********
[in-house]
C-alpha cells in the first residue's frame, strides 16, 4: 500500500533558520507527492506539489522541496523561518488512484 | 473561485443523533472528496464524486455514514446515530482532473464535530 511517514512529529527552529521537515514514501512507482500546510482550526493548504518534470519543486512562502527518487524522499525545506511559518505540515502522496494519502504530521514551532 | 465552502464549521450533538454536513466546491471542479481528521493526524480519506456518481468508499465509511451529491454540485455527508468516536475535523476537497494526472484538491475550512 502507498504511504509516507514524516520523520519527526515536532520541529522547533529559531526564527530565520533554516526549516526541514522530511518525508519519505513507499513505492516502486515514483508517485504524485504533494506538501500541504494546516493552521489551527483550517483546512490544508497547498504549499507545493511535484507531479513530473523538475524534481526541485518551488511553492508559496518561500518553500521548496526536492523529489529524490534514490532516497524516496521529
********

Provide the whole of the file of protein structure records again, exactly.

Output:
[in-house]
C-alpha cells in the first residue's frame, strides 16, 4: 500500500533558520507527492506539489522541496523561518488512484 | 473561485443523533472528496464524486455514514446515530482532473464535530 511517514512529529527552529521537515514514501512507482500546510482550526493548504518534470519543486512562502527518487524522499525545506511559518505540515502522496494519502504530521514551532 | 465552502464549521450533538454536513466546491471542479481528521493526524480519506456518481468508499465509511451529491454540485455527508468516536475535523476537497494526472484538491475550512 502507498504511504509516507514524516520523520519527526515536532520541529522547533529559531526564527530565520533554516526549516526541514522530511518525508519519505513507499513505492516502486515514483508517485504524485504533494506538501500541504494546516493552521489551527483550517483546512490544508497547498504549499507545493511535484507531479513530473523538475524534481526541485518551488511553492508559496518561500518553500521548496526536492523529489529524490534514490532516497524516496521529